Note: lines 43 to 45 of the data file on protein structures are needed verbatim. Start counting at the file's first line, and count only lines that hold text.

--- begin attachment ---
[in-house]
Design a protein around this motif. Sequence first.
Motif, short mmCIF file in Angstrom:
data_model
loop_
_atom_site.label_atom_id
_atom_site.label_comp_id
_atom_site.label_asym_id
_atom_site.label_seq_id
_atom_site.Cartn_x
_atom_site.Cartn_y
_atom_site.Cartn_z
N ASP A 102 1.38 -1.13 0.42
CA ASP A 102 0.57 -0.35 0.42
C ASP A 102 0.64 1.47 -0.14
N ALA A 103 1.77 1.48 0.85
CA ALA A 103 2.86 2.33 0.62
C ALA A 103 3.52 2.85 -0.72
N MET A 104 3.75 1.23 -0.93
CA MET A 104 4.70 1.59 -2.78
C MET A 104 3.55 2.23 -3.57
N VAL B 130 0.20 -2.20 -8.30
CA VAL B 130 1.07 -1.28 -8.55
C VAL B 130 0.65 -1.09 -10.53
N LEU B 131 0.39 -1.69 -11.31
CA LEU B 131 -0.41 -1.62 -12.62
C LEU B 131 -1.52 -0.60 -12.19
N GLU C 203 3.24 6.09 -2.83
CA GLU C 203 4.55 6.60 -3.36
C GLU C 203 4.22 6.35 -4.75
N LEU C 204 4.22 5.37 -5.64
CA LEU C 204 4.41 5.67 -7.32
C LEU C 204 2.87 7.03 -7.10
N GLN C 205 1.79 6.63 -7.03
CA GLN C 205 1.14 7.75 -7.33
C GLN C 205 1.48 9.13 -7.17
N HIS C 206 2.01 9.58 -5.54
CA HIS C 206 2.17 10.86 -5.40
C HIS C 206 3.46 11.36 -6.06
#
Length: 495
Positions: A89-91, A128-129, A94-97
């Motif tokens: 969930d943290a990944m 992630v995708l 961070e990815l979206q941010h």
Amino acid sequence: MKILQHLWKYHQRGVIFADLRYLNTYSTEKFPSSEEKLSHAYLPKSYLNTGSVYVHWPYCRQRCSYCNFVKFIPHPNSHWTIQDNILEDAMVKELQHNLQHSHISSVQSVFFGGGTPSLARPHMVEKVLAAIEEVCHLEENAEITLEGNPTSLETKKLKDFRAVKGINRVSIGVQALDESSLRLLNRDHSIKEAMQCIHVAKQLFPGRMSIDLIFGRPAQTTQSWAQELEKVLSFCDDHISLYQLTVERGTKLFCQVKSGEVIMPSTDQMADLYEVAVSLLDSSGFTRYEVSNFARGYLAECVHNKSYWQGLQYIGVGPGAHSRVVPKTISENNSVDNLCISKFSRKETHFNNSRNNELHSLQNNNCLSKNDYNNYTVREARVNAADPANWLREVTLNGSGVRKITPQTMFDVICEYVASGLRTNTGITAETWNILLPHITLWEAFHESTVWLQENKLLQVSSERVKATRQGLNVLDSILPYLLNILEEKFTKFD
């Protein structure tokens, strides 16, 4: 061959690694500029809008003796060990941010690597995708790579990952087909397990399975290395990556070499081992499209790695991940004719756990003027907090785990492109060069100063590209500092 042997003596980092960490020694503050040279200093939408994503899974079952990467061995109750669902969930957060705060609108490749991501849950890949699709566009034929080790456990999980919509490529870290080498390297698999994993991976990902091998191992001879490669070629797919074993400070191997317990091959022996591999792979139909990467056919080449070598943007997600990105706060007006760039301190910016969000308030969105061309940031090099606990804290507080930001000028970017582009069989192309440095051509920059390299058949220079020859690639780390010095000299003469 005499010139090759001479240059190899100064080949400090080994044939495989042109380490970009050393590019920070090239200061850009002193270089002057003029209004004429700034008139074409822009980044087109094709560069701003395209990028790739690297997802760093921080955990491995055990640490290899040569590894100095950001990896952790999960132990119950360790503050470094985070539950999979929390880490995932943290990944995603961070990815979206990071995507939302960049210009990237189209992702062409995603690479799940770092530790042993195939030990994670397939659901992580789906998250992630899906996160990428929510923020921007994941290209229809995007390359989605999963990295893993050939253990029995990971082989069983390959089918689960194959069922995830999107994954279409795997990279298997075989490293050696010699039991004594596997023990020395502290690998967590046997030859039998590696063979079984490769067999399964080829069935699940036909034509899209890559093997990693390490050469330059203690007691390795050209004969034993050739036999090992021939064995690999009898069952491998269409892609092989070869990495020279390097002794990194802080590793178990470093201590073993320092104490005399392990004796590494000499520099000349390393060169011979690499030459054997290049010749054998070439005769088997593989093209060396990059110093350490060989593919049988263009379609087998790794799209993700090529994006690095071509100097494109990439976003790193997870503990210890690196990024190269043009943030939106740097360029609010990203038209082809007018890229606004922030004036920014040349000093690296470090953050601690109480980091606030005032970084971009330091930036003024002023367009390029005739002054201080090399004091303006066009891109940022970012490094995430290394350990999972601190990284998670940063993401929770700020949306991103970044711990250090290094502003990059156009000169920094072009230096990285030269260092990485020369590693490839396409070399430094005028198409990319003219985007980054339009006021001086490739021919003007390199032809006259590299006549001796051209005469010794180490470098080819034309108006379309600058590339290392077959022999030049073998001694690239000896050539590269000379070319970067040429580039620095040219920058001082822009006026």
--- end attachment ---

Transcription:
């Motif tokens: 969930d943290a990944m 992630v995708l 961070e990815l979206q941010h």
Amino acid sequence: MKILQHLWKYHQRGVIFADLRYLNTYSTEKFPSSEEKLSHAYLPKSYLNTGSVYVHWPYCRQRCSYCNFVKFIPHPNSHWTIQDNILEDAMVKELQHNLQHSHISSVQSVFFGGGTPSLARPHMVEKVLAAIEEVCHLEENAEITLEGNPTSLETKKLKDFRAVKGINRVSIGVQALDESSLRLLNRDHSIKEAMQCIHVAKQLFPGRMSIDLIFGRPAQTTQSWAQELEKVLSFCDDHISLYQLTVERGTKLFCQVKSGEVIMPSTDQMADLYEVAVSLLDSSGFTRYEVSNFARGYLAECVHNKSYWQGLQYIGVGPGAHSRVVPKTISENNSVDNLCISKFSRKETHFNNSRNNELHSLQNNNCLSKNDYNNYTVREARVNAADPANWLREVTLNGSGVRKITPQTMFDVICEYVASGLRTNTGITAETWNILLPHITLWEAFHESTVWLQENKLLQVSSERVKATRQGLNVLDSILPYLLNILEEKFTKFD
């Protein structure tokens, strides 16, 4: 061959690694500029809008003796060990941010690597995708790579990952087909397990399975290395990556070499081992499209790695991940004719756990003027907090785990492109060069100063590209500092 042997003596980092960490020694503050040279200093939408994503899974079952990467061995109750669902969930957060705060609108490749991501849950890949699709566009034929080790456990999980919509490529870290080498390297698999994993991976990902091998191992001879490669070629797919074993400070191997317990091959022996591999792979139909990467056919080449070598943007997600990105706060007006760039301190910016969000308030969105061309940031090099606990804290507080930001000028970017582009069989192309440095051509920059390299058949220079020859690639780390010095000299003469 005499010139090759001479240059190899100064080949400090080994044939495989042109380490970009050393590019920070090239200061850009002193270089002057003029209004004429700034008139074409822009980044087109094709560069701003395209990028790739690297997802760093921080955990491995055990640490290899040569590894100095950001990896952790999960132990119950360790503050470094985070539950999979929390880490995932943290990944995603961070990815979206990071995507939302960049210009990237189209992702062409995603690479799940770092530790042993195939030990994670397939659901992580789906998250992630899906996160990428929510923020921007994941290209229809995007390359989605999963990295893993050939253990029995990971082989069983390959089918689960194959069922995830999107994954279409795997990279298997075989490293050696010699039991004594596997023990020395502290690998967590046997030859039998590696063979079984490769067999399964080829069935699940036909034509899209890559093997990693390490050469330059203690007691390795050209004969034993050739036999090992021939064995690999009898069952491998269409892609092989070869990495020279390097002794990194802080590793178990470093201590073993320092104490005399392990004796590494000499520099000349390393060169011979690499030459054997290049010749054998070439005769088997593989093209060396990059110093350490060989593919049988263009379609087998790794799209993700090529994006690095071509100097494109990439976003790193997870503990210890690196990024190269043009943030939106740097360029609010990203038209082809007018890229606004922030004036920014040349000093690296470090953050601690109480980091606030005032970084971009330091930036003024002023367009390029005739002054201080090399004091303006066009891109940022970012490094995430290394350990999972601190990284998670940063993401929770700020949306991103970044711990250090290094502003990059156009000169920094072009230096990285030269260092990485020369590693490839396409070399430094005028198409990319003219985007980054339009006021001086490739021919003007390199032809006259590299006549001796051209005469010794180490470098080819034309108006379309600058590339290392077959022999030049073998001694690239000896050539590269000379070319970067040429580039620095040219920058001082822009006026």